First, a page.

A similar analysis of changes in individual-level aggregate credit card limits brings us to the second key insight. Although new cards are disproportionately issued to lower credit score borrowers, the overall extension of new credit, measured by increases in aggregate credit limits, continues to go overwhelmingly to those with credit scores above 720. As the figure below shows, of the total credit extended to all borrowers, about 72 percent of it went to such individuals, which is down from the high 70s in the years immediately following the financial crisis. Lower score borrowers (defined as those with a score of 659 and below), have seen their share increase modestly over the past two years, commensurate with an increasing number of new cards.
Moreover, while less creditworthy borrowers are increasingly receiving new cards, the median limits on those new cards have increased, from $500 in 2009 to $1,000 in 2015. Over the same period, borrowers in the 720-779 and 780+ credit score groups have seen their median new card credit limits increase from $3,600 and $4,200 to $5,500 and $8,000 respectively.
Delinquencies and Charge-Offs
Though we publish a 90+ day delinquency rate in our Quarterly Report, many careful readers have noticed that this rate is notably higher than the 90+ day delinquency rate from other published estimates. This is because although banks are required to charge off balances at 180 days past due, the (stale) charged-off balances may remain on consumer credit reports for as long as lenders continue to attempt to collect. In the chart below, we show the 90+ delinquency rate (excluding defaulted loans) breaking out the severely derogatory balances, which are associated with charge-offs.
Overall, the credit-card delinquency rate has been trending down since the height of the financial crisis, and is nearing the low levels seen in 1999-2000. The downward trend is consistent with the movement in credit extensions toward borrowers with higher credit scores as well as an improvement in overall economic conditions. We see a similar downward trend in the share of severely derogatory balances—though at a noticeably slower and delayed pace—indicating that the credit scores of those borrowers continue to be negatively impacted long after the banks have charged off those balances and taken the loss on their own balance sheets.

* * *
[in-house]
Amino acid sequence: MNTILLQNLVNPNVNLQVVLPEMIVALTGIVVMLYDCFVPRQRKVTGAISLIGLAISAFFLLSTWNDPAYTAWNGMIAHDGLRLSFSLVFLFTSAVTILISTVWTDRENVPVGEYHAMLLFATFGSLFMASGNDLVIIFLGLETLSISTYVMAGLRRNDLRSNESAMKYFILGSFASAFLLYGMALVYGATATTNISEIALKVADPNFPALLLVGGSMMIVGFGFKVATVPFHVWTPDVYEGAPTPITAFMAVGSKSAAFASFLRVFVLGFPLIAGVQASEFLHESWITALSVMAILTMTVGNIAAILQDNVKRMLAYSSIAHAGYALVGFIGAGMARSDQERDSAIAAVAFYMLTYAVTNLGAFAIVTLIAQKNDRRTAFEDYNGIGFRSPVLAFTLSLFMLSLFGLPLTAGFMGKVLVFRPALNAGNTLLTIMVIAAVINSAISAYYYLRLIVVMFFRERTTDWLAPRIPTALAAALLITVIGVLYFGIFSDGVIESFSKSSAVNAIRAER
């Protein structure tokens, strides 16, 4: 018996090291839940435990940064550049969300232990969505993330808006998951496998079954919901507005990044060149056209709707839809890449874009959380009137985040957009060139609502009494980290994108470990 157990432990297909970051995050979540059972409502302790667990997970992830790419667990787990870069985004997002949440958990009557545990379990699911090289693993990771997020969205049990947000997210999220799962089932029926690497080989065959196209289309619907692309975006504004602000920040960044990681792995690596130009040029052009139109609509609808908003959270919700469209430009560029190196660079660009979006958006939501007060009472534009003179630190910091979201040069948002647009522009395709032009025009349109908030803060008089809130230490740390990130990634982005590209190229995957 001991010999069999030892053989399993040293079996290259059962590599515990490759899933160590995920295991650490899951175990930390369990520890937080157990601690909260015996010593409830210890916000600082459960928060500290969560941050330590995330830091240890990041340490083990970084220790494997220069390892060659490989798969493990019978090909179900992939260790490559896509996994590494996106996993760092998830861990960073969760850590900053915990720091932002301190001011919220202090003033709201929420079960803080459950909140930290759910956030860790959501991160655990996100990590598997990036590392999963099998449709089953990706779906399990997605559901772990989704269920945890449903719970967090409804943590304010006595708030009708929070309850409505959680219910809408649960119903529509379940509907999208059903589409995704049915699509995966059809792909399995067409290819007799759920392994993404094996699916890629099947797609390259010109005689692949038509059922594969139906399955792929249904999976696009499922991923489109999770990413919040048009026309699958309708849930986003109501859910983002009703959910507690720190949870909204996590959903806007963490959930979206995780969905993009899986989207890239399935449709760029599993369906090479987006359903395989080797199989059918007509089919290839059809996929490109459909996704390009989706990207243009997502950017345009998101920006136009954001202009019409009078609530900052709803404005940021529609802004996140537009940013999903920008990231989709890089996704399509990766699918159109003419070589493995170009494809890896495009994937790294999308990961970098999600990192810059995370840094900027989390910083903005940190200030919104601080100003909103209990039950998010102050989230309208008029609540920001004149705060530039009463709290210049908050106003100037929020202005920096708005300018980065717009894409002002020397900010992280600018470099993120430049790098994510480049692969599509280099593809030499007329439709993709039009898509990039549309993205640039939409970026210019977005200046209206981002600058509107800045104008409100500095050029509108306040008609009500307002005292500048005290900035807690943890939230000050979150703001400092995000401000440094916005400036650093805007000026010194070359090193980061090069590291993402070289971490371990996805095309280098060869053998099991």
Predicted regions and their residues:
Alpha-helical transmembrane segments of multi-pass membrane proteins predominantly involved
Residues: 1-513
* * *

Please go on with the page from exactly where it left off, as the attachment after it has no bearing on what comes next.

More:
All of these trends in credit cards must be viewed in light of technological change in consumer finance, particularly the rise of debit cards as a major means of payment. The recent developments in credit card extensions have common patterns with overall household debt, as the deleveraging period ended in 2013 and balances have begun increasing, if slowly. Lower-credit-score borrowers, once squeezed out of the market and paying down debt, are beginning to recover their ability to access credit with newly opened cards—although the borrowers with high credit scores are seeing the biggest expansions to their borrowing limits. Improving economic conditions and tighter lending have resulted in a sustained decline in delinquencies, as the credit card market continues to recover from the greatest credit crunch since the Great Depression.
The views expressed in this post are those of the authors and do not necessarily reflect the position of the Federal Reserve Bank of New York or the Federal Reserve System. Any errors or omissions are the responsibility of the authors.
Graham Campbell is a graduate summer associate in the Federal Reserve Bank of New York’s Research and Statistics Group.
Andrew F. Haughwout is a senior vice president in the Bank’s Research and Statistics Group.
Donghoon Lee is an officer in the Bank’s Research and Statistics Group.
Joelle Scally is the administrator of the Center for Microeconomic Data in the Bank’s Research and Statistics Group.
Wilbert van der Klaauw is a senior vice president in the Bank’s Research and Statistics Group.
How to cite this blog post:
Graham Campbell, Andrew F. Haughwout, Donghoon Lee, Joelle Scally, and Wilbert van der Klauuw, “Just Released: Recent Developments in Consumer Credit Card Borrowing,” Federal Reserve Bank of New York Liberty Street Economics (blog), August 9, 2016, http://libertystreeteconomics.newyorkfed.org/2016/08/just-released-recent-developments-in-consumer-credit-card-borrowing.html.